As mentioned earlier, bidets are common in Japan. However, the rise in bidet popularity did not happen overnight. The bathroom has not always been the Japanese private getaway it is today. In the early 1900s, the bathroom was a “dirty room” that was typically small and hidden in a corner. Mr. Quigley from Tech In Asia provides insightful coverage on the emergence of the Japanese bidet in his article here. To summarize and paraphrase Mr. Quigley’s explanation on the rise in popularity of bidets, the most common form of toilets in the early 1900s was squat toilets and nobody knew what a public sewage system was:

Source: Japan Today

When the Great Kanto Earthquake struck in 1923, Tokyo was wiped out. This served as a good starting point for modernizing and rebuilding Tokyo, which included building a modern public sewage system. The western toilet proved to be more sanitary and easier to install. As the Japanese economy grew after World War II, western toilets became widely accepted.

That explains the spread of western toilets in Japan. The spread of the bidet speaks more to the demand for cleanliness and… economics. Yes, economics. Lloyd Alter explains in his post here how a bidet isn’t only cleaner and greener, but also keeps the wallet healthy because it is cleaner and greener. The short version of the story is that significantly less toilet paper is used when bidets do the cleaning.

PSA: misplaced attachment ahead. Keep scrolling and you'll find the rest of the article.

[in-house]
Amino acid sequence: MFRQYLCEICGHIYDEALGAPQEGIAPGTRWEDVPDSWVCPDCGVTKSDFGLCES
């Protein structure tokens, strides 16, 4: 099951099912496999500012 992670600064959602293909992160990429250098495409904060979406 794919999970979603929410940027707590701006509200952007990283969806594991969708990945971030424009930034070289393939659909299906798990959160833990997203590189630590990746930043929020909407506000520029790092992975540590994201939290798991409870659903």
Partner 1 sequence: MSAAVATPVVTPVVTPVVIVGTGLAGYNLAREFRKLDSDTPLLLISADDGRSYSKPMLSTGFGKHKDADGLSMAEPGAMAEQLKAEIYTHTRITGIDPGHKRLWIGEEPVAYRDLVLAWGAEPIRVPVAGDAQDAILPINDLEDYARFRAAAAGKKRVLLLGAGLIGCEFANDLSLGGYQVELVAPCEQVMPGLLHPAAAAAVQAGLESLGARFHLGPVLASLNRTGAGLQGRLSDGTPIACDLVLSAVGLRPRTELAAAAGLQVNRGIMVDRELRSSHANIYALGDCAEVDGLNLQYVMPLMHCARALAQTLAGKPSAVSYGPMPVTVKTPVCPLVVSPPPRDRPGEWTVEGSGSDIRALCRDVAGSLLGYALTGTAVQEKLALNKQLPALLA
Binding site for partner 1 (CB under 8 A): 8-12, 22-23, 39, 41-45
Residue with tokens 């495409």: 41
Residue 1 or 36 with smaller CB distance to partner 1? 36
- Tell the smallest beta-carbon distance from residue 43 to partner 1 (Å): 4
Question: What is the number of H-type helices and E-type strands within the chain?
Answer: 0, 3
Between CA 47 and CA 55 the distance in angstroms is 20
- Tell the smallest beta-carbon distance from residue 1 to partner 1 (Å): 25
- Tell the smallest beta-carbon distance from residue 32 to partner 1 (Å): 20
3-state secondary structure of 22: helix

Frankly, nobody likes talking about toilet habits. We are accustomed to a certain way of cleaning our sensitive parts and that is that. Whatever the case is, bidet penetration in North America is extremely low – probably somewhere south of 1% of toilets. Some say this is because bidets originated in France, early colonists in N. America were mostly Brits, and Brits had a disdain for French ways.

Investor Takeaway

The path to bidet acceptance in North America is not hurdle-free by any means, particularly from a cultural standpoint. That said, the bidet beats toilet paper in just about every way imaginable – everything from cleanliness to eco-friendliness to cost savings. It is difficult to determine whether the cultural acceptance of bidets will happen in the next 3 years or the next 30 years, but it is bound to happen. Not that Amazon reviews are an indication of a cultural shift, but the reviews seen on Amazon are overwhelmingly positive (difficult to find less than 4 out of 5 star TOTO bidets). In a North American culture that is gradually paying closer attention to health, health checking cloud-connected toilets might be the final push needed for bidets to find a place in North American culture. Investors may want to stay informed about top Japanese bidet companies like TOTO and Lixil as they take toilets into the future.

Kenkyo Investing
Kenkyo Investing

Kenkyo Investing applies a value investing approach to Japanese equities, providing insights that are often unavailable to non-Japanese speakers.